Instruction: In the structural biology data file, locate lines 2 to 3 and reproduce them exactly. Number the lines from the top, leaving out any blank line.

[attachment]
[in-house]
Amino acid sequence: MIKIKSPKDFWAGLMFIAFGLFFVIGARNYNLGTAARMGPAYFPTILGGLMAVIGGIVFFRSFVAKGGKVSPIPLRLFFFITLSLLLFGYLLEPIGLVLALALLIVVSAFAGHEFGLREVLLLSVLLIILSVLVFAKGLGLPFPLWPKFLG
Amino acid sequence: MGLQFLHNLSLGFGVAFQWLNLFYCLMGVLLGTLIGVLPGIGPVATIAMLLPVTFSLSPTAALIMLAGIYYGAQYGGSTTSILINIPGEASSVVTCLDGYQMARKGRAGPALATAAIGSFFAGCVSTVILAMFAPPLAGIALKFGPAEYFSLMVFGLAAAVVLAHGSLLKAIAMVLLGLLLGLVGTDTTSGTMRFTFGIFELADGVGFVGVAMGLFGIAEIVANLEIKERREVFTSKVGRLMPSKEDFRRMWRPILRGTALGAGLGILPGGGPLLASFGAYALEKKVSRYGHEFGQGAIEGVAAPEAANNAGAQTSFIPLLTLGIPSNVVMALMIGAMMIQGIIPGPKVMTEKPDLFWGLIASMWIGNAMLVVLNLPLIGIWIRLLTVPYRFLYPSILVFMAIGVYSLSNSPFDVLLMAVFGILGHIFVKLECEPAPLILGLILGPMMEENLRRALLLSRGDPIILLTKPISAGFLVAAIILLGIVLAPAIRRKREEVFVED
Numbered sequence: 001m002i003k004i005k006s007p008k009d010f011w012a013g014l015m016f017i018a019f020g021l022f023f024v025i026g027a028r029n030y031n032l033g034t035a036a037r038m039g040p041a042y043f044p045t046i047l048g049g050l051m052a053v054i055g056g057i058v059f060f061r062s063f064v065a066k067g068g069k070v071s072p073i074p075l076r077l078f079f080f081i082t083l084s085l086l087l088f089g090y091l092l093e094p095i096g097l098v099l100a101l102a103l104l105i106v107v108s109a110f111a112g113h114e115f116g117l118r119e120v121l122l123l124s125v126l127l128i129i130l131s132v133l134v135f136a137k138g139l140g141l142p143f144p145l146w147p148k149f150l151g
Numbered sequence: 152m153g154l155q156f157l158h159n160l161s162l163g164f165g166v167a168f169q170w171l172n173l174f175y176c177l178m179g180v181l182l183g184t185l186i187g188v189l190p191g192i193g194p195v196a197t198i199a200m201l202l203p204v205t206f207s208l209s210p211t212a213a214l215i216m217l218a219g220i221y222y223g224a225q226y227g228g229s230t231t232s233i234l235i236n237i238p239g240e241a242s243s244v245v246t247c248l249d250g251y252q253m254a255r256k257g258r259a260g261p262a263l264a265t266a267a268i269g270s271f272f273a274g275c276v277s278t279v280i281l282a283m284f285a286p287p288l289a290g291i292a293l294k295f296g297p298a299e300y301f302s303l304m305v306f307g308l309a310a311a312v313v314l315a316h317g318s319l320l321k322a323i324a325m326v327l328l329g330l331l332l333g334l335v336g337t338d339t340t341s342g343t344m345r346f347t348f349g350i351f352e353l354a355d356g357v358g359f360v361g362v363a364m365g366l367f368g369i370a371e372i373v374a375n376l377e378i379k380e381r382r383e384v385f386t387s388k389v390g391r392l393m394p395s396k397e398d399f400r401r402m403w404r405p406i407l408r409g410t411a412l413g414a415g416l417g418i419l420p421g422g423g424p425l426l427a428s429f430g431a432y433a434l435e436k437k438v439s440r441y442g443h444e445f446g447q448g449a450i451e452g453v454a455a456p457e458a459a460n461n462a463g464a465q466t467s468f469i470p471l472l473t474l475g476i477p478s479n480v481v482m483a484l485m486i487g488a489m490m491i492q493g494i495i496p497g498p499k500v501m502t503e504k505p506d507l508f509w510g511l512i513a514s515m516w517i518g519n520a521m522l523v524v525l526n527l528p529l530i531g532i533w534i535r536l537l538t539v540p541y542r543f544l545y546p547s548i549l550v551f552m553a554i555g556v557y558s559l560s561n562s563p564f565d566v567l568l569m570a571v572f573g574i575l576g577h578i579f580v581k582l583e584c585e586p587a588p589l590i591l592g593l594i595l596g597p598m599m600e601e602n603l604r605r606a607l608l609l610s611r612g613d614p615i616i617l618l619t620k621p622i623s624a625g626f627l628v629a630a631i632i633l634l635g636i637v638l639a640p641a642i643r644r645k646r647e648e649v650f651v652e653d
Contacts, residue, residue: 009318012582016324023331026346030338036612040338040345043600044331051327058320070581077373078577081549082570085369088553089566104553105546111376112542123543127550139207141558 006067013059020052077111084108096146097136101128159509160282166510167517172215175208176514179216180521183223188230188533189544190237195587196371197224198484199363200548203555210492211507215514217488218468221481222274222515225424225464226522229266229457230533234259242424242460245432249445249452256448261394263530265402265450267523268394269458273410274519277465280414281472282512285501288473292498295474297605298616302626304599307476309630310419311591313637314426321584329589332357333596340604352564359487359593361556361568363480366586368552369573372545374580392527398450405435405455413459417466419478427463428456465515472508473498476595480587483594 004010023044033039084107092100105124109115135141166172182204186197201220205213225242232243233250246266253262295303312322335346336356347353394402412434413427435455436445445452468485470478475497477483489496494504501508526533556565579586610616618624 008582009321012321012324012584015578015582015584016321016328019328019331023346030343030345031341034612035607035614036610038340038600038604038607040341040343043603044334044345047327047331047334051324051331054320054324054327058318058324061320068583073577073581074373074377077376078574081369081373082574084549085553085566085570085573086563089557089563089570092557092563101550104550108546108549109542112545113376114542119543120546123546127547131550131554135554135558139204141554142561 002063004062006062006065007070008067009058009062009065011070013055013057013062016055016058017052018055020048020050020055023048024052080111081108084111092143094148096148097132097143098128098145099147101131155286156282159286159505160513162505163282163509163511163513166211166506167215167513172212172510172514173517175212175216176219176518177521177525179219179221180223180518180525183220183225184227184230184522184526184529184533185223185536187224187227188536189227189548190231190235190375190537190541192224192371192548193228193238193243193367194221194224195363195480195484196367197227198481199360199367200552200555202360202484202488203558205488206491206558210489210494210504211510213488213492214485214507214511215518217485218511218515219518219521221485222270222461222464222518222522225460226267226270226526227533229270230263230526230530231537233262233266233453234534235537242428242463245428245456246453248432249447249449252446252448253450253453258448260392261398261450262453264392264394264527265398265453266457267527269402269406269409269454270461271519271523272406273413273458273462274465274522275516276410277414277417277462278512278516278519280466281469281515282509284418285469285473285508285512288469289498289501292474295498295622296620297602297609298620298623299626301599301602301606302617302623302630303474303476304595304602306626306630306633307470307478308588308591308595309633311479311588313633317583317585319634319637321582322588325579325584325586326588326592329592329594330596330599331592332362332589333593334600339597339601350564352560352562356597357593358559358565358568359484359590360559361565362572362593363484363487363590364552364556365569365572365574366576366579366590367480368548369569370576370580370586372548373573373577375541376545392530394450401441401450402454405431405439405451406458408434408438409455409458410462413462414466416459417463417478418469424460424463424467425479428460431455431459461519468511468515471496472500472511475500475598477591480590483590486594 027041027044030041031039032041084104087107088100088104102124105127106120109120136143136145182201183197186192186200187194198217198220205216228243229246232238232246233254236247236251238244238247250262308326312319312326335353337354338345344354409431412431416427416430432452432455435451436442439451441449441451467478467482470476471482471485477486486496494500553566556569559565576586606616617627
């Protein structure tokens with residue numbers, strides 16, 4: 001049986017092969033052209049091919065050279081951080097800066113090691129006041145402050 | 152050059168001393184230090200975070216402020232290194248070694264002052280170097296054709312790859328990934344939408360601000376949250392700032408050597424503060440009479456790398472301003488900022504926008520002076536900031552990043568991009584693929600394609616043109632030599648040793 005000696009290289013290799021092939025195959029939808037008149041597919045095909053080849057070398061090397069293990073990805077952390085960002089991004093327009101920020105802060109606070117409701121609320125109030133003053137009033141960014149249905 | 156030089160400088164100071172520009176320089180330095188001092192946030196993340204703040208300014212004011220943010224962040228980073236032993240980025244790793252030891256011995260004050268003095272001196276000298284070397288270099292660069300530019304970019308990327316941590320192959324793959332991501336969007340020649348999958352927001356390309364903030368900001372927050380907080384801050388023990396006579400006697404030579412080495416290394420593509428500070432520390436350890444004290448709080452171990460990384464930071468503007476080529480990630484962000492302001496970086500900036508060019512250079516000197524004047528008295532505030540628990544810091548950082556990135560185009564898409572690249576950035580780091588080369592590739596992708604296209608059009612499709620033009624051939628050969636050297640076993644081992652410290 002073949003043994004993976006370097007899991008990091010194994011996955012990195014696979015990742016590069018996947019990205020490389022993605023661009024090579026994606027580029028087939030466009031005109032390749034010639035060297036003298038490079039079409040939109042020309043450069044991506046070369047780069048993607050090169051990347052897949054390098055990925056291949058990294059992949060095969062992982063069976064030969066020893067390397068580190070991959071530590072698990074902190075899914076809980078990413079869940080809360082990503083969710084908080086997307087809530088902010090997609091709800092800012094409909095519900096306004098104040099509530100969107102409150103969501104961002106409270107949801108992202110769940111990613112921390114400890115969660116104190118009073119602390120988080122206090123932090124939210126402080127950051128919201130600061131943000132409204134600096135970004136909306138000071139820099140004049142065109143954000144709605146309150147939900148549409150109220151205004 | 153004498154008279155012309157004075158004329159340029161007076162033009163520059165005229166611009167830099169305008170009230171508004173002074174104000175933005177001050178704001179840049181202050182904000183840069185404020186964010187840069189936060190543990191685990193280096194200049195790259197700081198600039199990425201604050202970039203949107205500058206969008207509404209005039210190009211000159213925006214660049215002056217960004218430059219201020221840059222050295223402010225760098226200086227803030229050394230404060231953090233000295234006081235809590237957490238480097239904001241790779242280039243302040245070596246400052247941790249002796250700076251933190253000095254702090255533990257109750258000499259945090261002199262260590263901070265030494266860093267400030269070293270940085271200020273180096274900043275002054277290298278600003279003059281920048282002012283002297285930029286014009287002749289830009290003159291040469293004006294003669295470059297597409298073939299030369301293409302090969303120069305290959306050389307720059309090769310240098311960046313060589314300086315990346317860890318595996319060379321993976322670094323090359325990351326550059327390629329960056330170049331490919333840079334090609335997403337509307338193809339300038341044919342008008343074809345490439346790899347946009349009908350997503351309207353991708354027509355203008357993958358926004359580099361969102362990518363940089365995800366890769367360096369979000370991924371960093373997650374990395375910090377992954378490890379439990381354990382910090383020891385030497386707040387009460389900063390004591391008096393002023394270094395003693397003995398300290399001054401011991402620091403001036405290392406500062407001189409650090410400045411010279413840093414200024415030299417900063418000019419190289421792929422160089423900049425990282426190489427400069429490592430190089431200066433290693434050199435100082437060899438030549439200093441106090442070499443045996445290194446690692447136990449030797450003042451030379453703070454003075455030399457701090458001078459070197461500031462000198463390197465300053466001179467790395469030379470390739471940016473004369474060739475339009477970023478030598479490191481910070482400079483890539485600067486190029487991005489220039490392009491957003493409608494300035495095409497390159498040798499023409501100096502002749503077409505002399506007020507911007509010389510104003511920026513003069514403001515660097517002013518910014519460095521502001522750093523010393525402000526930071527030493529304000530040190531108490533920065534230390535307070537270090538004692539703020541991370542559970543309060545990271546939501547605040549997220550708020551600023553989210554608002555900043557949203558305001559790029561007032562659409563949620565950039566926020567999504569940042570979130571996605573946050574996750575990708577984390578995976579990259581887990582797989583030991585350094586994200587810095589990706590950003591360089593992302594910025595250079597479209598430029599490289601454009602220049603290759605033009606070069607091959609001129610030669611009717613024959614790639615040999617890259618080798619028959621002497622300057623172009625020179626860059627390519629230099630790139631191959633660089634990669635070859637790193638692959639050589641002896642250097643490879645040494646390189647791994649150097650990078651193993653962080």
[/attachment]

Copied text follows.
Amino acid sequence: MIKIKSPKDFWAGLMFIAFGLFFVIGARNYNLGTAARMGPAYFPTILGGLMAVIGGIVFFRSFVAKGGKVSPIPLRLFFFITLSLLLFGYLLEPIGLVLALALLIVVSAFAGHEFGLREVLLLSVLLIILSVLVFAKGLGLPFPLWPKFLG
Amino acid sequence: MGLQFLHNLSLGFGVAFQWLNLFYCLMGVLLGTLIGVLPGIGPVATIAMLLPVTFSLSPTAALIMLAGIYYGAQYGGSTTSILINIPGEASSVVTCLDGYQMARKGRAGPALATAAIGSFFAGCVSTVILAMFAPPLAGIALKFGPAEYFSLMVFGLAAAVVLAHGSLLKAIAMVLLGLLLGLVGTDTTSGTMRFTFGIFELADGVGFVGVAMGLFGIAEIVANLEIKERREVFTSKVGRLMPSKEDFRRMWRPILRGTALGAGLGILPGGGPLLASFGAYALEKKVSRYGHEFGQGAIEGVAAPEAANNAGAQTSFIPLLTLGIPSNVVMALMIGAMMIQGIIPGPKVMTEKPDLFWGLIASMWIGNAMLVVLNLPLIGIWIRLLTVPYRFLYPSILVFMAIGVYSLSNSPFDVLLMAVFGILGHIFVKLECEPAPLILGLILGPMMEENLRRALLLSRGDPIILLTKPISAGFLVAAIILLGIVLAPAIRRKREEVFVED